Thursday, November 17, 2011

To: Newt – From: An Unemployment Compensation Bum

Although Newt Gingrich is currently one of those at the top of my list of favored Presidential candidates, I want to take exception to one point that the former Speaker has been stressing in his campaign. Relative to reforming the Unemployment Compensation System, Gingrich has consistently been saying, “It is fundamentally wrong to give people money for 99 weeks for doing nothing.” I think there is an implication central to this statement that is inappropriate and counterproductive.

I agree with Speaker Gingrich that our Unemployment Compensation System is in dire need of reform. And, more specifically, I agree with him that the 25 million Americans who are presently unemployed or underemployed are depending on a system that is costly but does not actually help them get a job. Furthermore, I agree with Gingrich that ninety-nine weeks is too long for any American to be dependent on the government. But, as one who, in the not-too-distant-past, was among the ranks of those depending on that system, I can tell you, the implication that these 25 million Americans are being “give(n) money … for doing nothing” is dead wrong. To illustrate this, let me share some excerpts from an article I wrote this past summer, entitled Meeting the Challenge of Senior Underemployment – One of Our Greatest Socioeconomic Opportunities. It begins with the story I know best … my own.

We moved to Southwest Washington in mid-2005. What I brought to the table was a professional background of 30+ years in Sales and Sales Management, with technology-based business-to-business systems-solutions. Our employment plan was for me to find a “mid-level” job. My Wife, who had been in charge of the administrative staff of a Public Defender’s Office, was only going to work as she wanted to. The way things actually worked out is:

We’ve been in Southwest Washington for about 76 months now. During that time, I’ve had four periods when I was “between jobs”. Especially considering my previous work history, it still astonishes me to note that those periods cover a total of 30 months. Though I won’t bore you with the related stats, without hesitation, I can say that I spent every day of these periods tirelessly leaving no stone unturned in my efforts to secure a job. The yield of those efforts included: a phenomenal number of interviews (with a remarkably high percentage of those having me included in the final round of candidates) and the five jobs I’ve taken. Additionally, due to my employment challenges and the erosion of the investments at the core of our “nest egg”, after a little over two years of “retirement”, we agreed that it was a good idea for Ruth to return to work.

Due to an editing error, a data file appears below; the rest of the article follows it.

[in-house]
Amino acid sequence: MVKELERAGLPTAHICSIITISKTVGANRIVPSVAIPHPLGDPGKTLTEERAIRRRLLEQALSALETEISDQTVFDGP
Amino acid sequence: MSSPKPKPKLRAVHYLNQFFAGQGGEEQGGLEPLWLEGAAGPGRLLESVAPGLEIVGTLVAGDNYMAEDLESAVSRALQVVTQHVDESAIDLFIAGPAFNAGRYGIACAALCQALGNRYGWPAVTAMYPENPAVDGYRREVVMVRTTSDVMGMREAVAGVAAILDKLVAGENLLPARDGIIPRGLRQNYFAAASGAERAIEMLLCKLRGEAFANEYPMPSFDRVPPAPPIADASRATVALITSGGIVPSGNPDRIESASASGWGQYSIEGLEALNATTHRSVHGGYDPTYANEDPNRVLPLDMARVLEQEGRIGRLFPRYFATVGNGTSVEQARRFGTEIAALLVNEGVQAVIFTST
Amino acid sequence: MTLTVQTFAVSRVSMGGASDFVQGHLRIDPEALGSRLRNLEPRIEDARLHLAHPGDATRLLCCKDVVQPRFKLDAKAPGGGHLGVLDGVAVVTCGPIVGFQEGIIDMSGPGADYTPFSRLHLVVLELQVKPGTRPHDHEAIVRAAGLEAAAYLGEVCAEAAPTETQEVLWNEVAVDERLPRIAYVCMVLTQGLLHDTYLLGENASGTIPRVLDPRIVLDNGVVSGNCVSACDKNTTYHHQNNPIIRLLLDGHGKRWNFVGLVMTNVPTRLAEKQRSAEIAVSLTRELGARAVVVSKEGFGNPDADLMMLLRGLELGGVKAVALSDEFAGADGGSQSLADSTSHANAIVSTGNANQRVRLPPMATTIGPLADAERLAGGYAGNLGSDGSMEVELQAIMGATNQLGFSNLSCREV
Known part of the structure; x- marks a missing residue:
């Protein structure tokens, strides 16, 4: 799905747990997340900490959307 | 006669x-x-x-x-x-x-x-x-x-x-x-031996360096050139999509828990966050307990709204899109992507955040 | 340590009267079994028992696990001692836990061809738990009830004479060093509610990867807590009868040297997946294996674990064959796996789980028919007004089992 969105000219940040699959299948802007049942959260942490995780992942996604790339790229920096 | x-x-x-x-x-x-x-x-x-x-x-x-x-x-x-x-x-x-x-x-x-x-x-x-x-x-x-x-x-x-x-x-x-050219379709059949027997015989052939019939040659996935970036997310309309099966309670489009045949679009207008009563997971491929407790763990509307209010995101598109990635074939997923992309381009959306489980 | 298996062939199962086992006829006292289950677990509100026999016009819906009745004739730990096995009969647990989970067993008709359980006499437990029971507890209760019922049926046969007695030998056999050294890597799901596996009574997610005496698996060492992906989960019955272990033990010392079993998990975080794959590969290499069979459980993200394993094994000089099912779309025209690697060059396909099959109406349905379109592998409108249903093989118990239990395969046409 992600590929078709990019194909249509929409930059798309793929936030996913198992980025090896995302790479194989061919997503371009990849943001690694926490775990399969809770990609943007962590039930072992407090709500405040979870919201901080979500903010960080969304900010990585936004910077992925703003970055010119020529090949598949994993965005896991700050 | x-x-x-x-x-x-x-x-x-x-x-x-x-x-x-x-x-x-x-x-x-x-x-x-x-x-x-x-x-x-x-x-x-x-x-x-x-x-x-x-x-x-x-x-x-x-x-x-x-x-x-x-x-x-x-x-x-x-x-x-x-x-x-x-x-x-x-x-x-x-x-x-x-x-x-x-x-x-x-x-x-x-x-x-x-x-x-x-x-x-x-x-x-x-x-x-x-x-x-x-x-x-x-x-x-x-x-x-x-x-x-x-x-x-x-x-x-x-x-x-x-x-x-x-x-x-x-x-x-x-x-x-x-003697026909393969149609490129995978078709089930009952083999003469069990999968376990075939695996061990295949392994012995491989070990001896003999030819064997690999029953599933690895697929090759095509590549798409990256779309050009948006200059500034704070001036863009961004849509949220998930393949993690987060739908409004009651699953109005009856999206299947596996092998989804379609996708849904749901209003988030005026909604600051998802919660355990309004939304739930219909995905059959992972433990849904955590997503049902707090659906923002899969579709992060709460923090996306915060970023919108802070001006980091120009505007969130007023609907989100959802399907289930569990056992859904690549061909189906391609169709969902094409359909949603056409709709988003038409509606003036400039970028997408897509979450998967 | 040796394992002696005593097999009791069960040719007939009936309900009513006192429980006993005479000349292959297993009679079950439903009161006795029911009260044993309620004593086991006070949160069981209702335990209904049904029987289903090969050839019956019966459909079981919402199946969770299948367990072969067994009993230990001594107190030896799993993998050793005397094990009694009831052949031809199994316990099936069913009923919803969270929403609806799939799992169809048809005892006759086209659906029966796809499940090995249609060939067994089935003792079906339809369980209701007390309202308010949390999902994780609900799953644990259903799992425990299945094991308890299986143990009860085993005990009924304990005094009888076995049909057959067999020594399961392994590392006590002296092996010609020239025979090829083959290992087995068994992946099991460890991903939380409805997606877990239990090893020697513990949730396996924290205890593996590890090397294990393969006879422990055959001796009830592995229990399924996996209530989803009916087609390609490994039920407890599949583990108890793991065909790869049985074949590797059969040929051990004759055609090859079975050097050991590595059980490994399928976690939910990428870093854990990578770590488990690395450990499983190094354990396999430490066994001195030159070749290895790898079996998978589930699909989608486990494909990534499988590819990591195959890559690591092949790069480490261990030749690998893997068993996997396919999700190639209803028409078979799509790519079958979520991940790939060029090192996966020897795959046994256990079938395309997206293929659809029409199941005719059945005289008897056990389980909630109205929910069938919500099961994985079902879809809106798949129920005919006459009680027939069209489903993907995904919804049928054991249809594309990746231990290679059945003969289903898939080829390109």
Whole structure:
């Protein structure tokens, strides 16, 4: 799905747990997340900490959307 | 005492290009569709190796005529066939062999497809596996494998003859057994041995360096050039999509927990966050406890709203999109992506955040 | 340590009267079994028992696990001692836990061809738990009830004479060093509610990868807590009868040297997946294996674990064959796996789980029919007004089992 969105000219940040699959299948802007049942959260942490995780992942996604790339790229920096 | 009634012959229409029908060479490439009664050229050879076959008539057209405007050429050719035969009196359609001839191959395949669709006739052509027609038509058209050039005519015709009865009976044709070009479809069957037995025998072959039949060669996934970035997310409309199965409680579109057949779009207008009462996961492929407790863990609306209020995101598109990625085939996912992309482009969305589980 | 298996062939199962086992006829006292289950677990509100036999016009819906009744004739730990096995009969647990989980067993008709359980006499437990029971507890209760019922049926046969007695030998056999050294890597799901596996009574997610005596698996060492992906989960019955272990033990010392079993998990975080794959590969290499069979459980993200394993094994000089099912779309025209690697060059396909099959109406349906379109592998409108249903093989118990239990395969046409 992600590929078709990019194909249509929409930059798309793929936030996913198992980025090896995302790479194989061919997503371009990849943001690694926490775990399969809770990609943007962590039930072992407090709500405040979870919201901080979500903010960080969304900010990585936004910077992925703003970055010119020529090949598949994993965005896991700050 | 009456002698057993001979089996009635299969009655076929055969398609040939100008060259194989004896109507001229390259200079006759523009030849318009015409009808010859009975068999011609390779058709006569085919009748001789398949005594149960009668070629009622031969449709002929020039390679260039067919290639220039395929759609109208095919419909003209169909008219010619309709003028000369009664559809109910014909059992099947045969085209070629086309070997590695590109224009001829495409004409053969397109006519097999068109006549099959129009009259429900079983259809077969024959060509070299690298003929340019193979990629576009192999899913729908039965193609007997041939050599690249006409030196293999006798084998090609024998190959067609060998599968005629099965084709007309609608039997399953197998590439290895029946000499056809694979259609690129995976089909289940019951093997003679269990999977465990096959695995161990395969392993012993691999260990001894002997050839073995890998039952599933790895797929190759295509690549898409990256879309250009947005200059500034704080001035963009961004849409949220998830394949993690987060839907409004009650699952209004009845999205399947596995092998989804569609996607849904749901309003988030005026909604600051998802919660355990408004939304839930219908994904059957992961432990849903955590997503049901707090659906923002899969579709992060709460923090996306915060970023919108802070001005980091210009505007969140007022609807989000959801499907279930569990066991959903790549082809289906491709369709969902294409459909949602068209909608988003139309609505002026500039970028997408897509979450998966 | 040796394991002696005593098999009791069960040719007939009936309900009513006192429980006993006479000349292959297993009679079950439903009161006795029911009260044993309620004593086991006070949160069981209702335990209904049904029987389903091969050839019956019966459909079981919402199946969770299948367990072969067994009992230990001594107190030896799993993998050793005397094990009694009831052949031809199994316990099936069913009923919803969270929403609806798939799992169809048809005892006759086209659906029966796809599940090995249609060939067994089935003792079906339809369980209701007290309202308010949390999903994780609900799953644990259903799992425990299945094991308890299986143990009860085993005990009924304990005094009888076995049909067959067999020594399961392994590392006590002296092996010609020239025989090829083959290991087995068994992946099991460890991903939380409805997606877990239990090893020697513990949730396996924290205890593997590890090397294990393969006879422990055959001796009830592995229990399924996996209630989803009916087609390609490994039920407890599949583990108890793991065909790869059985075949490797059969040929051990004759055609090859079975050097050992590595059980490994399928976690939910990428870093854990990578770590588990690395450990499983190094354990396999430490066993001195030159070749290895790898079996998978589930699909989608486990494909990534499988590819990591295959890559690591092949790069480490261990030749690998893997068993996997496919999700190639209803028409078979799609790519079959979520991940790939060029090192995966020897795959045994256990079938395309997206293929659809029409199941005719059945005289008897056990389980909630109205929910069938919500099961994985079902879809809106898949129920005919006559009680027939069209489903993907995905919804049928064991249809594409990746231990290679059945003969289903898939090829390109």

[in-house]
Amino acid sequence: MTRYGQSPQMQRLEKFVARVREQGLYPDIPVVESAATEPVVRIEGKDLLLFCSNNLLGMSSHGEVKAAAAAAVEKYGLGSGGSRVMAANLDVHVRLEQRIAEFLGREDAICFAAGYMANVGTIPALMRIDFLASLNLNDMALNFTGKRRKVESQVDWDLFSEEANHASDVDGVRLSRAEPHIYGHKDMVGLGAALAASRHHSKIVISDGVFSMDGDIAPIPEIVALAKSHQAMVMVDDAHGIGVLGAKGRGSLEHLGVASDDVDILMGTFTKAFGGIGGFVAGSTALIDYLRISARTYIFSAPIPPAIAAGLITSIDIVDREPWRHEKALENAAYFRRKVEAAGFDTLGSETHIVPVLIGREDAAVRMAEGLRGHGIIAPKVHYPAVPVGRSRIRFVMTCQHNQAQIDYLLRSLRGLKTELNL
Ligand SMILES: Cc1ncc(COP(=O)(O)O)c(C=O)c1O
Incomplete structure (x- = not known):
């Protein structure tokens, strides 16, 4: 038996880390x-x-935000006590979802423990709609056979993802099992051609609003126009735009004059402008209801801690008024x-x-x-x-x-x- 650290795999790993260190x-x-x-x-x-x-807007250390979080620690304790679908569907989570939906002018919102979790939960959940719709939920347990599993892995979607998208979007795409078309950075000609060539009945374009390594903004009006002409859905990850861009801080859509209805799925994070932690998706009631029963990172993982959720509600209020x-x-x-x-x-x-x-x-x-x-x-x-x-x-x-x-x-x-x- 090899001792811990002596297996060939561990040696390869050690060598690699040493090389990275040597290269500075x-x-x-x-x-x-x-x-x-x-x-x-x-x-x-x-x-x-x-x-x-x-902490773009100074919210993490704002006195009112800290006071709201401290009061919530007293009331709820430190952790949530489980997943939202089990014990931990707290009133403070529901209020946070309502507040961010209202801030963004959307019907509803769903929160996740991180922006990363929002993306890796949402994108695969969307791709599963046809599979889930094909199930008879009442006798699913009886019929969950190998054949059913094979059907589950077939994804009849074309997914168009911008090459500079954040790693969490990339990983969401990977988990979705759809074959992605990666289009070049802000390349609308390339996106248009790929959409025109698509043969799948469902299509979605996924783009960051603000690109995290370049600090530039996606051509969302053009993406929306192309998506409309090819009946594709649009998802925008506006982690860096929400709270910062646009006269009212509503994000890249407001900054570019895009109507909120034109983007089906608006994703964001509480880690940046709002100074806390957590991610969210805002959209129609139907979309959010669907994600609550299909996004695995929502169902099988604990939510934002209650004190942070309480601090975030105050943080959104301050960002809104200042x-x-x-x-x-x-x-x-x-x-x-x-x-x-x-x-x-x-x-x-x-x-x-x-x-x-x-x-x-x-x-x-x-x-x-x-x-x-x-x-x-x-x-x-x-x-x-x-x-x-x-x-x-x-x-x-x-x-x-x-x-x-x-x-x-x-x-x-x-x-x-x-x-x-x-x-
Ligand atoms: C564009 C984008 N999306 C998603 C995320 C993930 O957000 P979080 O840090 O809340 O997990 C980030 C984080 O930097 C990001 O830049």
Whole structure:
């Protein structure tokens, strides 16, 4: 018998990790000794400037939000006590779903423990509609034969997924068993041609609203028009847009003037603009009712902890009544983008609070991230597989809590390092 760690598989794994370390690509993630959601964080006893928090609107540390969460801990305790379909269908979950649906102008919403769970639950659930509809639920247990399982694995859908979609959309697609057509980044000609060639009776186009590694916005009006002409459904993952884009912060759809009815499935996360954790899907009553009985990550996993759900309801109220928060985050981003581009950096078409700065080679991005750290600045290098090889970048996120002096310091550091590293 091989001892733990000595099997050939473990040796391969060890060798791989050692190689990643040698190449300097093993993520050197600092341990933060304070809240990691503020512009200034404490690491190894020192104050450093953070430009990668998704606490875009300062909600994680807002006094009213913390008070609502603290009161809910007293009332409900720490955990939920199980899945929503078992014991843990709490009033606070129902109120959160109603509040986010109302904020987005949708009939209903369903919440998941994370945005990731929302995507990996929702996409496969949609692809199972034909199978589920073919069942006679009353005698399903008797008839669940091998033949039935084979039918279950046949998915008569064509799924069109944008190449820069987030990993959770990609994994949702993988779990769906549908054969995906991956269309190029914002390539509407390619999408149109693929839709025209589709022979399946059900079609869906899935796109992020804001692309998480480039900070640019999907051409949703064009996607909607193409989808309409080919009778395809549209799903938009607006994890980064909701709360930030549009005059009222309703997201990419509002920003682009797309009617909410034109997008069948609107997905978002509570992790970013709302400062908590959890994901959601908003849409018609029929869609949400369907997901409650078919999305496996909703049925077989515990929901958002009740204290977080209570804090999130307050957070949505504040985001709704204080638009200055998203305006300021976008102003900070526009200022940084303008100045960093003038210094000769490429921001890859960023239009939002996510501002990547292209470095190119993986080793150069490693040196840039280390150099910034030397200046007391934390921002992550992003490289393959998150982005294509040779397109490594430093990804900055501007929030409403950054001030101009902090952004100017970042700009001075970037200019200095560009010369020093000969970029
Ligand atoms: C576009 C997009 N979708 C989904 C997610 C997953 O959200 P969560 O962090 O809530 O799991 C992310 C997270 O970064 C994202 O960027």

As “I spent every day of (my ‘between jobs’) periods tirelessly leaving no stone unturned in my efforts to secure a job”, one key aspect of my efforts was to network my socks off. In doing this, I became well acquainted with many who were having unemployment/underemployment experiences similar to mine.

Key takeaways from these anecdotes include:

- Though I come from a generation that finds the thought of taking Unemployment Compensation to be repugnant, I and the others I met along the way found it necessary to turn to this system during our extended periods “between jobs”. It made the difference in being able to make ends meet and to not have to watch the eroded “nest eggs” vanish altogether. I think those are purposes that this system, which we all had paid into faithfully for decades, is supposed to serve.

- The fact that I and the many I met along the way who were having unemployment/ underemployment experiences similar to mine spent every day of our “between jobs” periods tirelessly leaving no stone unturned in our efforts to secure a job”, serves as proof that, while we found it necessary to turn to Unemployment Compensation, we found it unacceptable to abuse the system. This fact should also provide clear illustration of why I find the implication of Speaker Gingrich’s position on this to be inappropriate and counterproductive.

As I said earlier, I agree with Speaker Gingrich that our Unemployment Compensation System is in dire need of reform. However, his statement that “It is fundamentally wrong to give people money … for doing nothing” focuses on the victims of our flawed Unemployment Compensation System and not the broken system itself. In doing this, Presidential Candidate Gingrich comes off a lot like President Obama, when he says; we’ve been “lazy”. Mr. Speaker and Mr. President, we aren’t lazy. In fact, we are as industrious and hard working as ever. We just need you to set our nation’s policies to make it more likely for our efforts to bear fruit.

Tuesday, August 16, 2011

Obama’s 'Throwing Voters Under The Bus' Tour